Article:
Applicability Date 

The Notice is not currently binding, though a taxpayer can rely on the Notice before Treasury and the IRS issue proposed regulations provided the taxpayer applies the Notice consistently and in its entirety. We expect a robust comment process on the Notice and eventually, a notice of proposed rulemaking containing proposed regulations reflecting or addressing comments that Treasury and the IRS received on the Notice. After a second comment process, Treasury and the IRS would proceed to issue a Treasury Decision containing final regulations. The Notice announces an intention that any such final regulations apply to tax years ending after September 8, 2023 (the date Treasury and the IRS issued the advance release of the Notice). Of course, the Notice and any future proposed regulations or final regulations could be mooted by legislation that retroactively restores current deductibility of SRE expenditures.

Treasury Offers Additional Interim Guidance on the Corporate Alternative Minimum Tax 

Layla Asali, Jeffrey Tebbs, and Caroline Reaves 

On September 12, Treasury and the IRS released additional preliminary guidance on the CAMT. Among other items, Notice 2023-64 addresses rules for determining applicable financial statements (AFS) and financial statement income (FSI), the treatment of controlled foreign corporations (CFC) and foreign tax credits, adjustments for certain taxes, and additional guidance on section 168 property. In contrast to earlier notices, Treasury and the IRS no longer anticipate issuing regulations that will be binding for tax years that begin in 2023. The Notice announces that forthcoming proposed regulations would apply for tax years starting in 2024. Taxpayers may rely on the Notice, as well as the prior interim guidance described in the Notice, for any tax year that begins before 2024. Comments are due October 12, 2023.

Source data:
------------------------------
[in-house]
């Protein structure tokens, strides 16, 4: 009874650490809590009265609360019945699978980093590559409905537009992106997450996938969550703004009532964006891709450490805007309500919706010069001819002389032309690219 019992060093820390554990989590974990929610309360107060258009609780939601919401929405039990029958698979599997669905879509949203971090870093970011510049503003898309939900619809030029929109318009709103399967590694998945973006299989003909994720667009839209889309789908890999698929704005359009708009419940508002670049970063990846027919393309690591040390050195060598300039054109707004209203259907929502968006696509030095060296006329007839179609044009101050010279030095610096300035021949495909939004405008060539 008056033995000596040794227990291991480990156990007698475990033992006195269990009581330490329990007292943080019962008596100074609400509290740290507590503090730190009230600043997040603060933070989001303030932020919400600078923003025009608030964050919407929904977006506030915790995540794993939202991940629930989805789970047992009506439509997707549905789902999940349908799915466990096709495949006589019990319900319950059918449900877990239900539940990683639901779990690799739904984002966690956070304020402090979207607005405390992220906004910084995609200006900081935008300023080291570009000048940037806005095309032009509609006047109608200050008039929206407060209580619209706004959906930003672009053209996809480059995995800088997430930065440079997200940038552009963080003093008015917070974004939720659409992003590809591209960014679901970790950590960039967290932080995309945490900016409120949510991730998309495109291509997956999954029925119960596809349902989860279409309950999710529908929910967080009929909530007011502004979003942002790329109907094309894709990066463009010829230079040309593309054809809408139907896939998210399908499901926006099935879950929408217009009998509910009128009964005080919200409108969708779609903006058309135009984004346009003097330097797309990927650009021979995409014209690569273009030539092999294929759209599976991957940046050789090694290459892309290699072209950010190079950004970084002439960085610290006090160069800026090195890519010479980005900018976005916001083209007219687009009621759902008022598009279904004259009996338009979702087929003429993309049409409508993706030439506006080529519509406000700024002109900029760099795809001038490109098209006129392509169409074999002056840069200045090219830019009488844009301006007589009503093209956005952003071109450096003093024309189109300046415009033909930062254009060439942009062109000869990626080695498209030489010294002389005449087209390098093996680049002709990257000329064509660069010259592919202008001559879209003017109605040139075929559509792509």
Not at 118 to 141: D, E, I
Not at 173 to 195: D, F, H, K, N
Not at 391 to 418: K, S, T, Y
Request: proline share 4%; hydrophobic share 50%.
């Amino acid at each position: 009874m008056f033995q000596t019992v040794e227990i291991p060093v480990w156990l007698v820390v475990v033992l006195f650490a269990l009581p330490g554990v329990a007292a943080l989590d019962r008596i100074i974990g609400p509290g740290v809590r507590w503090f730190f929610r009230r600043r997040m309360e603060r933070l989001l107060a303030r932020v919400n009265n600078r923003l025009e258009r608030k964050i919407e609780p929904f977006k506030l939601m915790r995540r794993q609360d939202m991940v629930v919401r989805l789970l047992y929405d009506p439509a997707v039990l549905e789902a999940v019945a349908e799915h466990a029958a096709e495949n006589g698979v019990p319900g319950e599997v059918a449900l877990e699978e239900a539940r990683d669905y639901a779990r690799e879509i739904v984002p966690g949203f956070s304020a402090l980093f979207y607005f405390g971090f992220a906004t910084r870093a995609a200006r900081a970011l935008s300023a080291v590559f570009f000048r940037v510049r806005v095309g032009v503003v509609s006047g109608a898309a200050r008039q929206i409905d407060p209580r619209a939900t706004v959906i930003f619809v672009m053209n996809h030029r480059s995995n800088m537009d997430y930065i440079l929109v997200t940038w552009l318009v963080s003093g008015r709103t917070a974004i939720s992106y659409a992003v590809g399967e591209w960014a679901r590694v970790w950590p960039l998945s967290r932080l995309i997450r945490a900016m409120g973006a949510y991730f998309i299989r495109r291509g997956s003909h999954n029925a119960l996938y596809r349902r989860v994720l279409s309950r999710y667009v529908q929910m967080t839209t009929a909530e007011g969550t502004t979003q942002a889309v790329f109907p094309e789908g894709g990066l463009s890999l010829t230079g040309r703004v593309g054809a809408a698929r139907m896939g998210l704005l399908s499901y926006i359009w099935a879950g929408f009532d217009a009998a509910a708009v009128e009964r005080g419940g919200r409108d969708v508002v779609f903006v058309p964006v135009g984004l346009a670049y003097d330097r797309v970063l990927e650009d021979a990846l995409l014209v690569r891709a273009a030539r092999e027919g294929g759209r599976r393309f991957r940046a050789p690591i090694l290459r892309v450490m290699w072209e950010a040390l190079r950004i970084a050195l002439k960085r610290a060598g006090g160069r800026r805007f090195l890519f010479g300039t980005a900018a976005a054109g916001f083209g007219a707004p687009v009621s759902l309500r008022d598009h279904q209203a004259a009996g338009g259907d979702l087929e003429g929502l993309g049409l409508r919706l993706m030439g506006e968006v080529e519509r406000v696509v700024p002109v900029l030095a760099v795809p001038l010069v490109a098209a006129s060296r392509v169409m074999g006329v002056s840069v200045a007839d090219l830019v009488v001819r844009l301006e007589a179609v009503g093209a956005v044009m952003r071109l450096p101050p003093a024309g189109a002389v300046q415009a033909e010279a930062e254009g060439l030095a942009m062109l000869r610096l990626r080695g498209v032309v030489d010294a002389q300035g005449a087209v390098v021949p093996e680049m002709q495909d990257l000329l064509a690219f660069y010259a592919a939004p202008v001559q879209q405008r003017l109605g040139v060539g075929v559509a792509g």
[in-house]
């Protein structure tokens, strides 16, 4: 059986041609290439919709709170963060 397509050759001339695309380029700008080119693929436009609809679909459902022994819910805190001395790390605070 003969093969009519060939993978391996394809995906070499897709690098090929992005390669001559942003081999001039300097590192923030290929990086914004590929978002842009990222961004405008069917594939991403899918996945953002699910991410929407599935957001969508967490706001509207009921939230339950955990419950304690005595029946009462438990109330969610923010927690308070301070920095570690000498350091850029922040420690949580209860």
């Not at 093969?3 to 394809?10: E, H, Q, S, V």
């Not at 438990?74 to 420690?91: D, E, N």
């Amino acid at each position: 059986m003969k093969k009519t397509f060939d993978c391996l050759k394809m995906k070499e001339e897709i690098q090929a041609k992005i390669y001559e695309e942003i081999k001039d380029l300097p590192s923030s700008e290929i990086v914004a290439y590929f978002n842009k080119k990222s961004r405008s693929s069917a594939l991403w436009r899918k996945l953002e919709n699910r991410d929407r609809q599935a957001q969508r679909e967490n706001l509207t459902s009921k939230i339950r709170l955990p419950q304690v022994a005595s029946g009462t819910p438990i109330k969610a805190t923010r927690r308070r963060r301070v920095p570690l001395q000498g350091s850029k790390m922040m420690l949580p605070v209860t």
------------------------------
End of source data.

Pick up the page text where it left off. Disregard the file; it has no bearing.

Of particular significance, the Notice offers guidance on:

  • Determining a Taxpayer's AFS
    • The Notice imposes a requirement on members of foreign-parented multinational groups (FPMG) and U.S. tax consolidated groups to use the group's consolidated AFS and then determine the portion of FSI attributable to the taxpayer, even if the taxpayer has a separate AFS of equal or higher priority. For example, a U.S. subsidiary of a FPMG with audited U.S. generally accepted accounting principles (GAAP) financial statements must use the consolidated financials of its foreign parent as its AFS, even if those financials would otherwise be of a lower priority because they were prepared using International Financial Reporting Standards (IFRS).
  • General Rules for FSI
    • FSI generally includes all items of income and expense, including nonrecurring items and net income or loss from discontinued operations. 
    • FSI excludes Other Comprehensive Income (OCI) and equity accounts, such as retained earnings.